I say "experimenting" for a few reasons. I'm in that stage of development where I end up freewriting a lot of scenes that may never see the light of day; this helps me see how characters react to each other and to various situations. I often end up writing out scenes that happen before the action in the story, to sort of see how they unfold. This is pure experimentation; some of it works beautifully, and some of it should never, ever be read. By anyone. Ever.
I'm also experimenting, quite literally, with the tone - the voice - of these scenes. I'm finding myself writing some elevated, formal, and stylized language that I never normally use, and as a result it's a bit of a struggle to make it sound natural. See, I spend a lot of time thinking about the rhythm of the writing; how it flows, how it sounds out loud, whether it feels smooth or awkward. Yes, I read it out loud sometimes. Whatever - Jeanette Winterson said I should.
And yes, of course, I'm totally freaking out about this. Does this sound super pompous? Are people going to think I'm crazy? Is this the most unreadable, ridiculous pile of junk EVER written or what?
But the freaking out - that's normal. It's this new voice that isn't.
In all honesty, neurotic fears aside, it's kind of fun to try out a new style of writing. Ideally, I'd write each section of this book - each time period - in a different voice. The story in Ancient Greece should sound different than the story in modern London, or on a farm in Australia in the 1960s. If it doesn't, I'm not doing my job (this is another reason why I think I must be crazy to write a novel about souls moving through six different lifetimes. Seriously.)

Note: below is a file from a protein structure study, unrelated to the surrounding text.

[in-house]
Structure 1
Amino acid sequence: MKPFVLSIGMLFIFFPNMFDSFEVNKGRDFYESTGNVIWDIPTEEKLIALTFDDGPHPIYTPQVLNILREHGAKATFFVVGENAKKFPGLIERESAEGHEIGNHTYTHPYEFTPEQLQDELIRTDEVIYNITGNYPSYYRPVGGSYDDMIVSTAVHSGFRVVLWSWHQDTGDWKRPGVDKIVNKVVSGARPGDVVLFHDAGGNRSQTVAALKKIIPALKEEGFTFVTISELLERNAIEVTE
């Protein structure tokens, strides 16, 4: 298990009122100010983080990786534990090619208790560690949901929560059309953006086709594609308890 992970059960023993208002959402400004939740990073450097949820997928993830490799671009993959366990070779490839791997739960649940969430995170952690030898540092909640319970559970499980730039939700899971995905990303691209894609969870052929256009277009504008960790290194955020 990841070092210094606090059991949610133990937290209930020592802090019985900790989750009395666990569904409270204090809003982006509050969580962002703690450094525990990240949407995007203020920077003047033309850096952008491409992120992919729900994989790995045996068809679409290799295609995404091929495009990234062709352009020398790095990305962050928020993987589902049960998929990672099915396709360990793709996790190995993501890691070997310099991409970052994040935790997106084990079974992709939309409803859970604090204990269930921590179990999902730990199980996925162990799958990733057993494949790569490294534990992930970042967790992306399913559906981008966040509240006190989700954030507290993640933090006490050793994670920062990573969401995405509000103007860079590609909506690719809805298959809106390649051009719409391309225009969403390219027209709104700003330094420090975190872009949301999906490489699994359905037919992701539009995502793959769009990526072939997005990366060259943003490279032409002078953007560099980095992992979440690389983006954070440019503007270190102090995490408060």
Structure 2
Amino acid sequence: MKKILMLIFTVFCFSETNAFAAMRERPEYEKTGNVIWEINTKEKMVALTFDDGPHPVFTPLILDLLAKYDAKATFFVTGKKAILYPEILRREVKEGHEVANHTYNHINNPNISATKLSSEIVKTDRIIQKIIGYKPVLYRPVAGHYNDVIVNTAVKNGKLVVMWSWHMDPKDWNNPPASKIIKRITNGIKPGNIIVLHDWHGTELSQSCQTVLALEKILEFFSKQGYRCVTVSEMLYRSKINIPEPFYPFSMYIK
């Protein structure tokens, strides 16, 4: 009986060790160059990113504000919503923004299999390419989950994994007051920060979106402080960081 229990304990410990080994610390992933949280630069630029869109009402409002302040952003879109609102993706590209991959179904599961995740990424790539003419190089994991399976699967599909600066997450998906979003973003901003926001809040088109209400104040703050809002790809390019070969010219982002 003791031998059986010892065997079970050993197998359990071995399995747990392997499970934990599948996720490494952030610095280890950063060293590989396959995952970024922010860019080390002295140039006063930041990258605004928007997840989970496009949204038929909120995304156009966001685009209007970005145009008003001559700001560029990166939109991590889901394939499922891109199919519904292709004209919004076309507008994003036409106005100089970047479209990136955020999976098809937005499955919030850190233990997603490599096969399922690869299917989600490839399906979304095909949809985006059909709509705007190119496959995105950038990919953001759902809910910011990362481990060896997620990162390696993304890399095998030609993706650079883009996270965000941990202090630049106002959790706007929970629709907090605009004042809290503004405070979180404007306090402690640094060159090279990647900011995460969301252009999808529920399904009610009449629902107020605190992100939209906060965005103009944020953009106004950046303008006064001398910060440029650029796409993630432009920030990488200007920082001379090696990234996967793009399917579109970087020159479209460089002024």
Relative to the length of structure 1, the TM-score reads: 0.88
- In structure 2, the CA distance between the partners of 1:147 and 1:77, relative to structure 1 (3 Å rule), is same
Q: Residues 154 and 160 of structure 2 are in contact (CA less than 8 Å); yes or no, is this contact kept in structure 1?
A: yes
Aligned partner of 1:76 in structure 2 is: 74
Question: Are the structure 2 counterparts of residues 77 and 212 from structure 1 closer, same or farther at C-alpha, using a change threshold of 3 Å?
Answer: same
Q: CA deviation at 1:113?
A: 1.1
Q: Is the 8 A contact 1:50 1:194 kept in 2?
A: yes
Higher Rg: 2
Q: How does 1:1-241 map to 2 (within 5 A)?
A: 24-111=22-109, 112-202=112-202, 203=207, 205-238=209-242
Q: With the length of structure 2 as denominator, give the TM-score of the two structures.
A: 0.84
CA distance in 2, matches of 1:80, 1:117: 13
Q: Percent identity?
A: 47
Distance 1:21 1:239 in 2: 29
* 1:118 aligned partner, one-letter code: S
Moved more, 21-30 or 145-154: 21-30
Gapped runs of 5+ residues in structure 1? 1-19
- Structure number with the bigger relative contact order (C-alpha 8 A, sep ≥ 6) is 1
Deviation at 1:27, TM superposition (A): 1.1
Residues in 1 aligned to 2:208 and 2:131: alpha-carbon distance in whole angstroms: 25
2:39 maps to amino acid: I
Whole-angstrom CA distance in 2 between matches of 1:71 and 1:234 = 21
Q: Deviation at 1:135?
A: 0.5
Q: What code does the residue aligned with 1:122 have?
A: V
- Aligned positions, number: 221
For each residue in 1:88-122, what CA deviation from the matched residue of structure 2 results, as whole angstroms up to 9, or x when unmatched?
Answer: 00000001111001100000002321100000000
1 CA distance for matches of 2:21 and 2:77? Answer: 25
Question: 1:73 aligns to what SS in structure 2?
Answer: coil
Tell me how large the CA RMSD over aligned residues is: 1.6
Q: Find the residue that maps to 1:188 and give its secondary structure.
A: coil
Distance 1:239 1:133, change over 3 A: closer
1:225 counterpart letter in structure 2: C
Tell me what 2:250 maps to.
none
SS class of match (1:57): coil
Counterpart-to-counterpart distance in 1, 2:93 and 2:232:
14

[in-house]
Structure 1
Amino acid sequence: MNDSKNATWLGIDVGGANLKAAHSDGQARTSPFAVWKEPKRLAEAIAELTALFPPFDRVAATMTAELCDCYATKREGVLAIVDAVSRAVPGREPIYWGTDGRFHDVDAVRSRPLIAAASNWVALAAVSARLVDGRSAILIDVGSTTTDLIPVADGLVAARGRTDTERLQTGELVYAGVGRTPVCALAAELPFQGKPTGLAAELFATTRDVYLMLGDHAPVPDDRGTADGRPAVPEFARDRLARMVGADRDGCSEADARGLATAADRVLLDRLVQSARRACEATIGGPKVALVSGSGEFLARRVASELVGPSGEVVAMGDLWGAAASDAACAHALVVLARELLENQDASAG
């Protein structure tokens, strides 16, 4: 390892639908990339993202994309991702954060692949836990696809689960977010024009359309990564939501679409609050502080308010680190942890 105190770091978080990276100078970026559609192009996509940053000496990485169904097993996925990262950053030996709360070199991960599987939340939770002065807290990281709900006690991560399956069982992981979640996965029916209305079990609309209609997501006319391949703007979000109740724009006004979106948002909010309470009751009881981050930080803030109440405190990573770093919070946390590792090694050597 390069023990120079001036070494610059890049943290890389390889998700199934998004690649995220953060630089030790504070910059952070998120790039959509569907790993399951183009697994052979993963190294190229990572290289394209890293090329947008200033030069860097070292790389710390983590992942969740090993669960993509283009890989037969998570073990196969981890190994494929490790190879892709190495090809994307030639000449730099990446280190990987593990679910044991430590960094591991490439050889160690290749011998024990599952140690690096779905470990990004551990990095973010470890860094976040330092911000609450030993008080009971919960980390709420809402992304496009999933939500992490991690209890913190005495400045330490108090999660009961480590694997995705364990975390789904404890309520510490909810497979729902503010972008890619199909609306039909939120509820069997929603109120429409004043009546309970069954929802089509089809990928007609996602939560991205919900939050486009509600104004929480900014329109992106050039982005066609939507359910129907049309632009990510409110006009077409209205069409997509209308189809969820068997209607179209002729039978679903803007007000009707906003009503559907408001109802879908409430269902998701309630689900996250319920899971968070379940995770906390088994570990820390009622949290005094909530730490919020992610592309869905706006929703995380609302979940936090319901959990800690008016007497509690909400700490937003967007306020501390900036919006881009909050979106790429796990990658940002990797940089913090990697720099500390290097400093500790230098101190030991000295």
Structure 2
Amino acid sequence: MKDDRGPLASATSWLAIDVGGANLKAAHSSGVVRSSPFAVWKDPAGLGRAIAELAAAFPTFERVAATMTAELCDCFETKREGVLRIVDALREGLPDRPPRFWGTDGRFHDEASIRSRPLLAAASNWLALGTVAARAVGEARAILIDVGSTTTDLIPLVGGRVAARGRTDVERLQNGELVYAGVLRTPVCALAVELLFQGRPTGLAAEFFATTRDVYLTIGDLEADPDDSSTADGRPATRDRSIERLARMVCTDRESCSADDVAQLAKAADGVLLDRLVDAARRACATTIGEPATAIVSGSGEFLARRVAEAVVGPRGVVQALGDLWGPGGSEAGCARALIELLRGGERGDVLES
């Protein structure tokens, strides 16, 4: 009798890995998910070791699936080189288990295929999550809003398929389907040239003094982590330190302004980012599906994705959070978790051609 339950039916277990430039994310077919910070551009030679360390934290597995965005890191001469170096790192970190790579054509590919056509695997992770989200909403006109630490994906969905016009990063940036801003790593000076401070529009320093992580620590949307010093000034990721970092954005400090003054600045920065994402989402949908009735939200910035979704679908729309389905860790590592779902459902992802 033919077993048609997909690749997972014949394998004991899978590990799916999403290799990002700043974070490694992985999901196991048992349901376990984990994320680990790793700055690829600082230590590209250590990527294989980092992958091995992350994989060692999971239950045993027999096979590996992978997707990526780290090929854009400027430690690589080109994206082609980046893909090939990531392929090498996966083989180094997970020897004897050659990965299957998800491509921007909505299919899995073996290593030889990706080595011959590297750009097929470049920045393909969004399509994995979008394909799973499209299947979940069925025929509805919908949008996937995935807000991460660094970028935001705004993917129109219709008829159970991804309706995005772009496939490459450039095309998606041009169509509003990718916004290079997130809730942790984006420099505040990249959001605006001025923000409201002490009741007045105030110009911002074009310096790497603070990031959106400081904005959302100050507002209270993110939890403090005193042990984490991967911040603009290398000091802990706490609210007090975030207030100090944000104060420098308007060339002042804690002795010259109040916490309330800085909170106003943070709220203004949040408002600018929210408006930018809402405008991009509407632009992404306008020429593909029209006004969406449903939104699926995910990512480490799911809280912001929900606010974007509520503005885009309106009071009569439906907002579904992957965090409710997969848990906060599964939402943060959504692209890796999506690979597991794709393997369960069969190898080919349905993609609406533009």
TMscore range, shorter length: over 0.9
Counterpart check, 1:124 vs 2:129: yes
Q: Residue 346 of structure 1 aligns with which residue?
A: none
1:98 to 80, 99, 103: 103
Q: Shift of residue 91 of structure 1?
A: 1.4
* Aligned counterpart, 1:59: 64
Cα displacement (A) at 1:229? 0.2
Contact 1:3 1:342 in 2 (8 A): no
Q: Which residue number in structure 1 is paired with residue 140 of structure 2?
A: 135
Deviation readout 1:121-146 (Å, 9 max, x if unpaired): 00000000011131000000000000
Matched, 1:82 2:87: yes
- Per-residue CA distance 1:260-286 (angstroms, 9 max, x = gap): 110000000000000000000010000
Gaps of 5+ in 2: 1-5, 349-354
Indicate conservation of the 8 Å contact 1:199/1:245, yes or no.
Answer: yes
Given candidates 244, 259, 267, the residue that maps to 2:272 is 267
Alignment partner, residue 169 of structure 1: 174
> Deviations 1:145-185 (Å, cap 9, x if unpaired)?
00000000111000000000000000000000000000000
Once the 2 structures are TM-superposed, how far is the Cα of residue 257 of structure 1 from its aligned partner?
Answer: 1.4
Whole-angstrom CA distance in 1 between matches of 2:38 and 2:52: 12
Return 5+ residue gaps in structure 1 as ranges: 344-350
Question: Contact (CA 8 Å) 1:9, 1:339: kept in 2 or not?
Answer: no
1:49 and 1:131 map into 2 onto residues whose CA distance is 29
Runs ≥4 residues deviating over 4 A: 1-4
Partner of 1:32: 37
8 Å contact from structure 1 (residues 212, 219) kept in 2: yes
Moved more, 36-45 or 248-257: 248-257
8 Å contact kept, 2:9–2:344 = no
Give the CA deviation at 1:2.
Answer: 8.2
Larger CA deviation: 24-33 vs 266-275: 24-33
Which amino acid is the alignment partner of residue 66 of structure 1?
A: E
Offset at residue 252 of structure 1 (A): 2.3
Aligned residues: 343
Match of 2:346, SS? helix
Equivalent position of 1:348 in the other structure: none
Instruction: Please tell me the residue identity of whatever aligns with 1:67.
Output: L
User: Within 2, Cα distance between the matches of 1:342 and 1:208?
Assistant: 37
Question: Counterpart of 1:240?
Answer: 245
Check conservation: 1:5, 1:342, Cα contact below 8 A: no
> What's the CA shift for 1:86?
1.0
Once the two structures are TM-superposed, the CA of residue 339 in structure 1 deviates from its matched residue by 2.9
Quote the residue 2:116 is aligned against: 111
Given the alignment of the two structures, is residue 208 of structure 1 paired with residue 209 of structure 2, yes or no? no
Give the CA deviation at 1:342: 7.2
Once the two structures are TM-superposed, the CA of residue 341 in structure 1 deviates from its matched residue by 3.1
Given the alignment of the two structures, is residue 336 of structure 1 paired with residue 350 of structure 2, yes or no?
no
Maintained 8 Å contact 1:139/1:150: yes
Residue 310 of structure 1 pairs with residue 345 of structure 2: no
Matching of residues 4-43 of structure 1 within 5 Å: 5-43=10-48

So, I experiment. And because it's really fun to do something incredibly dumb, and expose myself to ridicule, I thought I'd post some of it here! It's totally brand new, unfinished and unedited, and absolutely NOT READY for public consumption, so naturally, I'm making it public. This is from a scene that may never appear in the book. It's an explanation of what drove Apollo to swear off all love affairs; I used the myth of Apollo and Hyacinthus as the straw that broke the god's back:
You can see from this small snippet that dialogue is an issue. It's one thing to make the prose stylized; it's another to make the characters talk that way, too. I'm still figuring that out. Along with everything else, of course.It was Hyacinthus, in the end, who broke apart the last whole pieces of Apollo’s heart. Dark of skin and hair, wide-eyed and glowing with adoration, the young prince drove Apollo to distraction from the day the god first spotted him, running the edge of Sparta’s rivers with the swift wind at his back. Apollo descended from Olympus so quickly that he stumbled more than once as he ran, leaping and tumbling over the mountain’s forbidding cliffs with eyes fixed always on his goal. When he reached his target, and the youth stuttered his name, blushing and already weak with love, Apollo swept Hyacinthus into his arms and swore to never let go. From that day on, forgotten were the god’s lyre and his music; his bow lay neglected in dust and shadow; all his time was spent laughing over the hills with Hyacinthus. Together they hunted birds and netted fish, “like two silly mortals,” as Artemis scoffed; or played at sport, be it racing or discus or wrestling, their skin oiled and gleaming; or else wrote their passion, bodies entwined, across the sweet caressing grasses.As the days passed, and Apollo’s duties fell further and further from his mind, Artemis’s disdain swelled into open fury. “No good ever comes of these ridiculous affairs,” she spat, her face dark and her tone grim. “Something terrible will happen again, and it will be your fault when it does.” But Apollo, love-soaked, just laughed away the hard edge in her eyes, soothing her contempt with promises to spend many months hunting with her again, soon; tomorrow; or next week; or perhaps in a few moons…
Thanks for indulging my experiment. What about you? Do you experiment with writing, or something else in your work?